This new technique for interconnected assemblies overcomes the limitations of solder bumps in electronic systems, enabling shorter interconnections, fine pitch, and higher input/output (I/O) density. An adhesive bonding mechanism replaces solder technology in chip-package interconnects to join flip-chip copper bumps to organic or inorganic substrate materials.
The copper bumps connect with the pads on the substrate so as to power the circuits on the die. Before assembly, the adhesive material is heated into a gel-like structure, which allows the copper bumps to pierce through it and connect with the substrate pads. Following assembly, the adhesive is reheated and cured to form a stable, rigid polymer that holds the assembly together.
Adhesive bonding is widely used with gold bumps and inorganic substrates, but Georgia Tech’s method is the first to demonstrate the reliability of using industry-standard copper bumps on both inorganic and organic substrates.
- Secure: Forms a mechanical locking structure via the bump and substrate deformation
- Strong: Relies on compressive stresses developed during the adhesive curing process to create the connection between chip bumps and substrate pads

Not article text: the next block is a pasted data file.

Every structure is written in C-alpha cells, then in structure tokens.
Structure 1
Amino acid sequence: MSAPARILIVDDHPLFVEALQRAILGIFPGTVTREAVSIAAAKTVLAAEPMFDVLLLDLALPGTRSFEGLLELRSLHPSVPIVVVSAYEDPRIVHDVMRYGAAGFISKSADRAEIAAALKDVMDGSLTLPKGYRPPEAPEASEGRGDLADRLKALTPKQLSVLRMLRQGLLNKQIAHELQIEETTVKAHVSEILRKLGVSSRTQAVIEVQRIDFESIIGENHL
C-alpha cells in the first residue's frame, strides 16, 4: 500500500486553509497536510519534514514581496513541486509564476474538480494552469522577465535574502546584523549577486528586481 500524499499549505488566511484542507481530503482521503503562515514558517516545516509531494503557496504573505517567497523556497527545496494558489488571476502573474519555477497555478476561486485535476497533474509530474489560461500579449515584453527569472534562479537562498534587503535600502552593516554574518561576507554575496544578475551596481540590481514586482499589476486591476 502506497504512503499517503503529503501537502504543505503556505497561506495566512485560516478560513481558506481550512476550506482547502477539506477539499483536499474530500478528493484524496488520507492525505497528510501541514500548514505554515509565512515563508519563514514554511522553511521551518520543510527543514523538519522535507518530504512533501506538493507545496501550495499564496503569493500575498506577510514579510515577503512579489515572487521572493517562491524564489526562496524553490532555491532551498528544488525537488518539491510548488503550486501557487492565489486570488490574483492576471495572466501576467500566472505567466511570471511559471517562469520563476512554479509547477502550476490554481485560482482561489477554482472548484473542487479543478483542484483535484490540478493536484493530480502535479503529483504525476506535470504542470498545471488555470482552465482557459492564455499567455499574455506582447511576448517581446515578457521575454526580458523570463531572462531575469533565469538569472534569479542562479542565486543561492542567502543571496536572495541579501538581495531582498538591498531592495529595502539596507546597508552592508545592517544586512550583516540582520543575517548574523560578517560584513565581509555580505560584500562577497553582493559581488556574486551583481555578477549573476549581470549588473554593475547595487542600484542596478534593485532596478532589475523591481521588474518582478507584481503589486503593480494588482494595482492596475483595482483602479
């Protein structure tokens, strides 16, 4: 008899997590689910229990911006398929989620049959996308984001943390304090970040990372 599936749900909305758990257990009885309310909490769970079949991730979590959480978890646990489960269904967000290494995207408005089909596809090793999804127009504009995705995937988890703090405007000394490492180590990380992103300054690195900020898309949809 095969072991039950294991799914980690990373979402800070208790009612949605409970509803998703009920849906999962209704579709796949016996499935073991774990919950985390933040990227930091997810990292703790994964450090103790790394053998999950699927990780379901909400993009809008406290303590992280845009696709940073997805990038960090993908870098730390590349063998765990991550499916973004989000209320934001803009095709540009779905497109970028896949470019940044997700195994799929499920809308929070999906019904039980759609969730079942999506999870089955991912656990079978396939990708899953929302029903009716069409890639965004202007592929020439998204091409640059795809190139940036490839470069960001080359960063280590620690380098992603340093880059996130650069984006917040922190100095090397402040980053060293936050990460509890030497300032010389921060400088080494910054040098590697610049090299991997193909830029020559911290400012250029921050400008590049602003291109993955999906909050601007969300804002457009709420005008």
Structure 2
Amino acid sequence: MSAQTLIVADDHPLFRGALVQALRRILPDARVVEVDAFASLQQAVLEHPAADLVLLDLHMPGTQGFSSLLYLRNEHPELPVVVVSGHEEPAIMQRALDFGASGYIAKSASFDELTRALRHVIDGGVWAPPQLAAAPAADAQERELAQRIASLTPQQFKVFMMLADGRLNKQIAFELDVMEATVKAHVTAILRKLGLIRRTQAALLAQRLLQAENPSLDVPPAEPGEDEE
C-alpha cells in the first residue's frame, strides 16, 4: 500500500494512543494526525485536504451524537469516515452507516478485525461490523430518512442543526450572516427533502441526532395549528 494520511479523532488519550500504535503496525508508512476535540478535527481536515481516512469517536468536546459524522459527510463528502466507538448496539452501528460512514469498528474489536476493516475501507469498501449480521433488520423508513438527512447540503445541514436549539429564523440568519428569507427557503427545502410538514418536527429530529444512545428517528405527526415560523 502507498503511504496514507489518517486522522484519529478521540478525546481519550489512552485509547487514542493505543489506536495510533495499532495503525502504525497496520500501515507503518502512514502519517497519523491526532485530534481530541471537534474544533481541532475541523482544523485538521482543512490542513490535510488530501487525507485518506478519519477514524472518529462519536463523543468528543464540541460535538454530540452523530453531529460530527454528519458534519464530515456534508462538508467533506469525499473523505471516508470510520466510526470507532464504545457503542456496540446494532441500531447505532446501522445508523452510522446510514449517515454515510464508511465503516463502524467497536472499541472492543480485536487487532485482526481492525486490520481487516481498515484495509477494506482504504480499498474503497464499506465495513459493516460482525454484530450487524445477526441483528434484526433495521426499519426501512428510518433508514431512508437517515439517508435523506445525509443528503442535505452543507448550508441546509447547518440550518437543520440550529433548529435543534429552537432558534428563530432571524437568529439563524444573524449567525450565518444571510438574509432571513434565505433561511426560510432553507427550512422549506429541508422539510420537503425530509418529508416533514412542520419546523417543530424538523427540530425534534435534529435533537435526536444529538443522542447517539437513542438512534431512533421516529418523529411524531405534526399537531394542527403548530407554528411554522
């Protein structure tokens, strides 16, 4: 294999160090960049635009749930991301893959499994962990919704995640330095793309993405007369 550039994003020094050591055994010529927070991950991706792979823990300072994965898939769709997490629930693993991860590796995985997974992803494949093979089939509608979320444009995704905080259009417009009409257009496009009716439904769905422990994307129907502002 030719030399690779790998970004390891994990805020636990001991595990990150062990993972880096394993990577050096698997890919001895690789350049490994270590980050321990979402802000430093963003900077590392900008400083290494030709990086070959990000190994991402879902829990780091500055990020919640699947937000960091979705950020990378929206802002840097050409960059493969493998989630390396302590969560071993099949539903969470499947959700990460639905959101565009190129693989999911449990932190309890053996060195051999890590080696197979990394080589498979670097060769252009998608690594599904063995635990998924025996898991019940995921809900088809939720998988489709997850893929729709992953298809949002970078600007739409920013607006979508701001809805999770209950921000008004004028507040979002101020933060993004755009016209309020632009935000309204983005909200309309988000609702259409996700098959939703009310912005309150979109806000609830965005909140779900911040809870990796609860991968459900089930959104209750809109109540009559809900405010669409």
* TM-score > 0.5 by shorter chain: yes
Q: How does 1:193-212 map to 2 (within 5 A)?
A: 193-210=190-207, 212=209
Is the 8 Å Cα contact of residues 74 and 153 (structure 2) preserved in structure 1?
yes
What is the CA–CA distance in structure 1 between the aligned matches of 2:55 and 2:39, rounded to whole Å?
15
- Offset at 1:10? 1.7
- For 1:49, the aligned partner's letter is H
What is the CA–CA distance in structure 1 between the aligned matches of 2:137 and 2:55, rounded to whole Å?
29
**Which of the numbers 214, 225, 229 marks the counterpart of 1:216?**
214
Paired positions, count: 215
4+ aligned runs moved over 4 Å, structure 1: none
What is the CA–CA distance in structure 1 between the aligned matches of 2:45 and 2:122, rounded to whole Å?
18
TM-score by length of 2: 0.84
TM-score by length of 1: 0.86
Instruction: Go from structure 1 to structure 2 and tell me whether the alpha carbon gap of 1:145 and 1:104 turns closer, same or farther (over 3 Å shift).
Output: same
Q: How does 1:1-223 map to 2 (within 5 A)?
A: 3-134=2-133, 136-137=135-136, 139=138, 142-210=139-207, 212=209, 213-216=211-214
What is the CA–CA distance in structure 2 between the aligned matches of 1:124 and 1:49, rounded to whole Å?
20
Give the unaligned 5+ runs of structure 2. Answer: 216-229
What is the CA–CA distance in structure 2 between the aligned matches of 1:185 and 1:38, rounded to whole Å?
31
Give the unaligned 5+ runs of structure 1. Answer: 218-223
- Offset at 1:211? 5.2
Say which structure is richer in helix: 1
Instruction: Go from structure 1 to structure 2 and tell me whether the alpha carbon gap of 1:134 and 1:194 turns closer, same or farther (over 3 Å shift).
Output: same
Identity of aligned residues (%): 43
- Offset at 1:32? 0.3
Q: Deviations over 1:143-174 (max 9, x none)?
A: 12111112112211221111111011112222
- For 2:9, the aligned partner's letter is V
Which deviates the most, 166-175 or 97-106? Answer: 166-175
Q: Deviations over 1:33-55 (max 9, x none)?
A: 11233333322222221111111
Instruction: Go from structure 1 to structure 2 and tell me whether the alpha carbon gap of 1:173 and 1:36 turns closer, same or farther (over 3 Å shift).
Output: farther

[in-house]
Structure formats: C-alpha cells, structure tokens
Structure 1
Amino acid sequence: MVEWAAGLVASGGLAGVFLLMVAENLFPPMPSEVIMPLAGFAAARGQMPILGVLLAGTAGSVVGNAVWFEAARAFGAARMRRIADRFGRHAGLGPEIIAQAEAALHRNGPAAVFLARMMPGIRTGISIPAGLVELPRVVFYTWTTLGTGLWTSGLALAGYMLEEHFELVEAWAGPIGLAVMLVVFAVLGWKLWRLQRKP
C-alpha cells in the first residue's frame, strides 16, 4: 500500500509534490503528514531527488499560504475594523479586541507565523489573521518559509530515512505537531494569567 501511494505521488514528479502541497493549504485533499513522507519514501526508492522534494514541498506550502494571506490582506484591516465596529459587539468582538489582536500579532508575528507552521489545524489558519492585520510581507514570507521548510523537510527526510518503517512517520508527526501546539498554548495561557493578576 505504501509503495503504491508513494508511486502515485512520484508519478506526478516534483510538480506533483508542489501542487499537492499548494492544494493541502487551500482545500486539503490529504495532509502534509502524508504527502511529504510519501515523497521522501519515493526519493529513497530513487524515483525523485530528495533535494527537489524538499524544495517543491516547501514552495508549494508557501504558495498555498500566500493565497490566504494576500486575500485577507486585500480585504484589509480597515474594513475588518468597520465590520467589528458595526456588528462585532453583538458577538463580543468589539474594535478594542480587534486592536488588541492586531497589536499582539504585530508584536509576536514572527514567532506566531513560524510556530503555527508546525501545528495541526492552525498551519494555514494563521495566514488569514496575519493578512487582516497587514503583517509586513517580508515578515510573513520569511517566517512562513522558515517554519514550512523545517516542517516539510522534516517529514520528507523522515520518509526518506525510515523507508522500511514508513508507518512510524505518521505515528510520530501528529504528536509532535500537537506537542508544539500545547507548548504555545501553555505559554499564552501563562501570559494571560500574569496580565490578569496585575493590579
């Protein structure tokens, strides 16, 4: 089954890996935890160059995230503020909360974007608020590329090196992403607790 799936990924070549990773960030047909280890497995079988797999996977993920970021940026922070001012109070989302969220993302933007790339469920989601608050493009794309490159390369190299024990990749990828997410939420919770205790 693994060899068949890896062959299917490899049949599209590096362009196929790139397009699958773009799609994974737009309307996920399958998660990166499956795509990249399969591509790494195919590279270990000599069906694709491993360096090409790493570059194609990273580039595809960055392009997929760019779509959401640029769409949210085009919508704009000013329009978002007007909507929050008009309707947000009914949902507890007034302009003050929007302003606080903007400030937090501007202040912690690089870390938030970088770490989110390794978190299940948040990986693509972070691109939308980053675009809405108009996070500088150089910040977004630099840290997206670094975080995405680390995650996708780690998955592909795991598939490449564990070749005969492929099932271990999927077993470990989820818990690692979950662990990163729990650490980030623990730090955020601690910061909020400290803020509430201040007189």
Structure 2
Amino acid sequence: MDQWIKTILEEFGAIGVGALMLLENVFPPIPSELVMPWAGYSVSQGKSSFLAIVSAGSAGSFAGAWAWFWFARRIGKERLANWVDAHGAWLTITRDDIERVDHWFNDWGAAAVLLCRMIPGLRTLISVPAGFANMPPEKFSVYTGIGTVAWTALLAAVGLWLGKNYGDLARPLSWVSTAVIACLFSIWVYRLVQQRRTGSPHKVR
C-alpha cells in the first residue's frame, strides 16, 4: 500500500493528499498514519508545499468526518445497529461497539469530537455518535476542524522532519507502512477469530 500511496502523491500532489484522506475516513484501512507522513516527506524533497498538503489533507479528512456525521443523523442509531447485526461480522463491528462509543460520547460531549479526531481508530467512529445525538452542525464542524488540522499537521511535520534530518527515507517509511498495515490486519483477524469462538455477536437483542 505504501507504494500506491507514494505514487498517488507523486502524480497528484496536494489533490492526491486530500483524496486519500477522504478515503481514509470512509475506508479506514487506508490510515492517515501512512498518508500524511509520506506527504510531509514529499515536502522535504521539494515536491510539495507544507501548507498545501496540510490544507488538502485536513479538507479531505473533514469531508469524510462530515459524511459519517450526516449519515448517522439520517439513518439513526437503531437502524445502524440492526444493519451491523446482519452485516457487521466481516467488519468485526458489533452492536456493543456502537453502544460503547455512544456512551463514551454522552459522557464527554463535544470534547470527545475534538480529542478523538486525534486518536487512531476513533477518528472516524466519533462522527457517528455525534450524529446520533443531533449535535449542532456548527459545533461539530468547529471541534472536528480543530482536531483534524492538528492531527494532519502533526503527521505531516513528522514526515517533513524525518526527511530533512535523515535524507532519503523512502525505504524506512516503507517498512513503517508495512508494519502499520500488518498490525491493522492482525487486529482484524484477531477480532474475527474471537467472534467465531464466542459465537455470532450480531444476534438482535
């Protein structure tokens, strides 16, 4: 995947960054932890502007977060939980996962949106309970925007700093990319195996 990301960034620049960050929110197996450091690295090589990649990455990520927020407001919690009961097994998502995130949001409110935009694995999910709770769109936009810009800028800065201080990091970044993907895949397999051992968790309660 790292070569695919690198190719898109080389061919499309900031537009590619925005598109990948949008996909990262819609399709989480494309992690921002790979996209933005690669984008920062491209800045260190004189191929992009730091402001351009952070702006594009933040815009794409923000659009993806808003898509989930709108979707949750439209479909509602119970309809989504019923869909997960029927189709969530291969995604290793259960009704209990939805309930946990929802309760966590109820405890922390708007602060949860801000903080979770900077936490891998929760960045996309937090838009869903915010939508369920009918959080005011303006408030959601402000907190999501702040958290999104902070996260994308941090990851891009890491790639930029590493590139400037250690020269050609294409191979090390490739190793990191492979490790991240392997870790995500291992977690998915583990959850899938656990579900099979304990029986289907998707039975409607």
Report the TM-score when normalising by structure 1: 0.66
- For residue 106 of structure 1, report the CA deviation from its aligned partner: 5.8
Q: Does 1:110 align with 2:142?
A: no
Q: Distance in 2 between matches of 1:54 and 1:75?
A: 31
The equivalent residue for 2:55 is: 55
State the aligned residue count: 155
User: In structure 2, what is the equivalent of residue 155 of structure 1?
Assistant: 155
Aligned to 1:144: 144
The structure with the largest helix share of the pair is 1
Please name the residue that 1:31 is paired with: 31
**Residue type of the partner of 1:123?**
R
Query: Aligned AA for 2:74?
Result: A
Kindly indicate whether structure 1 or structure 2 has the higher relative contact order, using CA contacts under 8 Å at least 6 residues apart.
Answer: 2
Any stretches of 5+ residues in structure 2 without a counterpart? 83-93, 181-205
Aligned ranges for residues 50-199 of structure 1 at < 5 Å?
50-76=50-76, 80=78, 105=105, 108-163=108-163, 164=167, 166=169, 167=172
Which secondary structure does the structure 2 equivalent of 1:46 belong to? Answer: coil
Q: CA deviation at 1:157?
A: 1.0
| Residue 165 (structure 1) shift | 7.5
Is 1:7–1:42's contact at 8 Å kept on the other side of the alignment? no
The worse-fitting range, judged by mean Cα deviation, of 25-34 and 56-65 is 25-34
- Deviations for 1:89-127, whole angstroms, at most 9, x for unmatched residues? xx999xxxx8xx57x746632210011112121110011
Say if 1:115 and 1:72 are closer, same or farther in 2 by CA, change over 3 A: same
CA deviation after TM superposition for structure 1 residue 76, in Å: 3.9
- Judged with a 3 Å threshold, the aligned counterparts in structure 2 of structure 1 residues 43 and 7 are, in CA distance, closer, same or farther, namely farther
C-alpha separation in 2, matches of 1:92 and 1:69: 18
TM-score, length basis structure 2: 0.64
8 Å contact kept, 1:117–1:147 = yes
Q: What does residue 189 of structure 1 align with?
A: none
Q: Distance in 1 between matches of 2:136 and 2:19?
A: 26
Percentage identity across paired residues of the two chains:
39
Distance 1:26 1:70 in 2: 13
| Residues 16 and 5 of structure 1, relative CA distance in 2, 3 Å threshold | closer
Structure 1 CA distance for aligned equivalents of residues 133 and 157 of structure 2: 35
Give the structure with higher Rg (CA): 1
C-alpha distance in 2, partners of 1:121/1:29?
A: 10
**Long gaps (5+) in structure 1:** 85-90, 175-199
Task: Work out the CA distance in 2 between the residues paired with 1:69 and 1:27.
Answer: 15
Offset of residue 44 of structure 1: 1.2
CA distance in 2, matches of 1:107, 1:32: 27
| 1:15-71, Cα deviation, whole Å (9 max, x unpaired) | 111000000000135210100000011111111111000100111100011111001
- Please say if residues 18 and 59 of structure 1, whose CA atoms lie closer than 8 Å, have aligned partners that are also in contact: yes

- Economical: Costs significantly less than interconnect assemblies made with gold bumps
- Reliable: Enables processing flip-chip interconnects at fine pitch in next-generation electronic systems
Flip-chip bumping technology is especially suitable for high-speed, high-frequency, I/O applications such as:
- Semiconductor interconnection assemblies
- Chip-to-substrate interconnect assemblies
- 3D electronic systems
In the continuous drive to achieve small form-factor packages, chip-to-substrate interconnect devices have evolved from conventional solder-based techniques. As microelectronic systems trend toward higher functionality with ever-decreasing dimensions, the miniaturization of electrical systems requires passive components and active devices to be integrated on a single platform at both micro- and nano-scales.
One interconnect solution involves chip-to-substrate interconnect assemblies that utilize flip-chip technology. In general, solder bumps are placed on an active surface of a chip, and the chip is subsequently flipped so that the solder bumps can be connected to a substrate pad. The geometry of the interconnection, however, can reduce the bump pitch or density and limit reliability. Electro-migration issues and intermetallic formations pose additional concerns. For these reasons, there is a need for a fine-pitch chip-to-substrate interconnect assembly that is compatible with flip-chip technology, less costly than gold interconnects, and can handle increased I/O density.
Georgia Tech’s innovation uses an adhesive bonding mechanism for joining the chip to its packaging with copper bumps, thereby increasing the stability and reliability of the assembly while reducing costs.